Blackfoot Indians wore clothing made out of deer and antelope hide decorated with beads, porcupine quills and feathers. Women wore long fringed dresses, while men dressed in leggings and occasionally wore buckskin shirts. Robes were made from buffalo hide. Children dressed similarly to men with shirts, leggings and moccasins. Chiefs distinguished themselves with tall, ornate feathered headdresses.Know More
Women were responsible for clothing production and often wore bracelets and necklaces made out of seashells. They also occasionally made jewelry out of metal. They wore their hair loose, sometimes braiding it into two long plaits.
Men and women painted their faces for special occasions, and the exact style depended on whether it was for a celebration, ceremony or for war. They used iron and other minerals to produce red, green and orange dyes and paints. Buffalo gall bladders provided yellows.
Buffalo were crucial to the lives of the Blackfoot Indians. They were a nomadic tribe, following buffalo across the plains in groups ranging from 80 to 240 people. Members of these bands freely intermingled and joined others. Buffalo were a valuable food source, and their hides were turned into clothing and shelter. The Blackfoot Indians' dependence on buffalo was so extreme that when white settlers hunted them to extinction, they were forced to give up their way of life entirely and become ranchers and farmers.Learn more about Cultures & Traditions
Chinook men rarely wore clothing beyond a breechcloth, while the women wore bark or cedar grass skirts. They protected themselves from the rain with capes made out of tule rush, a grasslike plant in the region. During cold weather, they wore fur robes and moccasins to stay warm. Both genders wore basket hats woven from spruce roots.Full Answer >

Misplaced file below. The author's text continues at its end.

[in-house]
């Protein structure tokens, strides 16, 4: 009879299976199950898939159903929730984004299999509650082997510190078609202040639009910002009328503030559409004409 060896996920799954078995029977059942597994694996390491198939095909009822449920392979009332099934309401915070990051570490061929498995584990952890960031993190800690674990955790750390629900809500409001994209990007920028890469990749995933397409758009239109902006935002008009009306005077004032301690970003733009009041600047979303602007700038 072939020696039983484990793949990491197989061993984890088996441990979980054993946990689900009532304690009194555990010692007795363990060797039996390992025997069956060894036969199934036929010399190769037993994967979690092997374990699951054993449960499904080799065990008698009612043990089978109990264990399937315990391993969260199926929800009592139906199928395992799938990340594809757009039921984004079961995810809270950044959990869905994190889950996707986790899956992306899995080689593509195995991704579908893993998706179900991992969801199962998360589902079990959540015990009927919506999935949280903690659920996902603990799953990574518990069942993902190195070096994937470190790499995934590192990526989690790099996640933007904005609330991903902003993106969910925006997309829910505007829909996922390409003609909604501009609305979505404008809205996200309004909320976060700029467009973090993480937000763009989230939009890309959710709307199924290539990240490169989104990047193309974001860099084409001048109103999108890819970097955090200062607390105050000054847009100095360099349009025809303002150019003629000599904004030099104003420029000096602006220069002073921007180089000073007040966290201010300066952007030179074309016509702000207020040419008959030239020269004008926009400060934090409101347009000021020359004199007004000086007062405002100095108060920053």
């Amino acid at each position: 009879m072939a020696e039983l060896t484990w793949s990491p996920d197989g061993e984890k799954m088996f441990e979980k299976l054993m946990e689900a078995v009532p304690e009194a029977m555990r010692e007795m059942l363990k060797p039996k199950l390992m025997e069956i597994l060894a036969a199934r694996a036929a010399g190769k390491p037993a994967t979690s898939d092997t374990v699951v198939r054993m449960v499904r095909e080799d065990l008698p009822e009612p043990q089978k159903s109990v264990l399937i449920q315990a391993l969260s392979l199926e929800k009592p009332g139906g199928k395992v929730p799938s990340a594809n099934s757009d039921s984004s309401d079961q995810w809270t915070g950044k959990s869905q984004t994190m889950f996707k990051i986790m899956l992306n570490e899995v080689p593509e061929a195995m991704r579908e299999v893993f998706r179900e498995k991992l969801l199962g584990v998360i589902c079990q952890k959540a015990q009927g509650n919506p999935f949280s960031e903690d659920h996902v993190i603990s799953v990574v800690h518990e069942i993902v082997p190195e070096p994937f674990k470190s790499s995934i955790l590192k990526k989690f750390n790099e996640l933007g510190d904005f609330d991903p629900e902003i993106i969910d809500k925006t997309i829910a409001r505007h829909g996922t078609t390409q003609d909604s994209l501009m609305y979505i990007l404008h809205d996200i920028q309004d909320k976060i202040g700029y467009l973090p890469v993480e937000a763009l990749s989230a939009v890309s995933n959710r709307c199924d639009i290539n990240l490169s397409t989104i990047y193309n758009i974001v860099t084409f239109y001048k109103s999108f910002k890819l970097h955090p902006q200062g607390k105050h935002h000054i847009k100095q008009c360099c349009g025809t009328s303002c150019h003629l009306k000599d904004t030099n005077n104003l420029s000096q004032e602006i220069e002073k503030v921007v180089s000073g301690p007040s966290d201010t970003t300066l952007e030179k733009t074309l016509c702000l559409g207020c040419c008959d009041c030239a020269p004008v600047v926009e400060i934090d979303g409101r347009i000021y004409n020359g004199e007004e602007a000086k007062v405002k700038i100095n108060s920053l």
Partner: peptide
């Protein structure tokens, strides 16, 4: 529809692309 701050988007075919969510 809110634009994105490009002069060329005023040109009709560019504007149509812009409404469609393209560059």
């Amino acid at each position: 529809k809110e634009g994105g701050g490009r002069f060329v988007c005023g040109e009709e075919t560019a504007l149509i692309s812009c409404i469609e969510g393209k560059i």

Delaware Indian women traditionally wore knee- or calf-length wrap-around dresses or skirts. Men wore tanned pieces of deerskin, cloth or fur called breechcloths. Also called breechclout, skin clout or flap, this material was worn between the legs and hung over a belt to cover the man’s front and back side.Full Answer >
The Hupa Indians in California enjoyed a warm and mild climate, and dressed with minimal attire, limiting their clothing to loincloths for men, shirts and aprons for women and sandals. Clothing for the Hupa tribe varied for men, women and children. Indians dressed differently for daily purposes and special occasions too, like ceremonies and celebrations.Full Answer >
In the context of New Orleans' Mardi Gras celebrations, the term "Indians" refers to a traditional group of African Americans who dress up like Native Americans, wearing costumes that feature elaborate feather headdresses and other pieces adorned with beads and sequins. The Mardi Gras Indians are organized into groups that are referred to as tribes or gangs, some of which have roots that can be traced back to the late 19th century, when these groups first started organizing. Some of the suits worn by Mardi Gras Indians feature a blend of influences from Native American and African design traditions.Full Answer >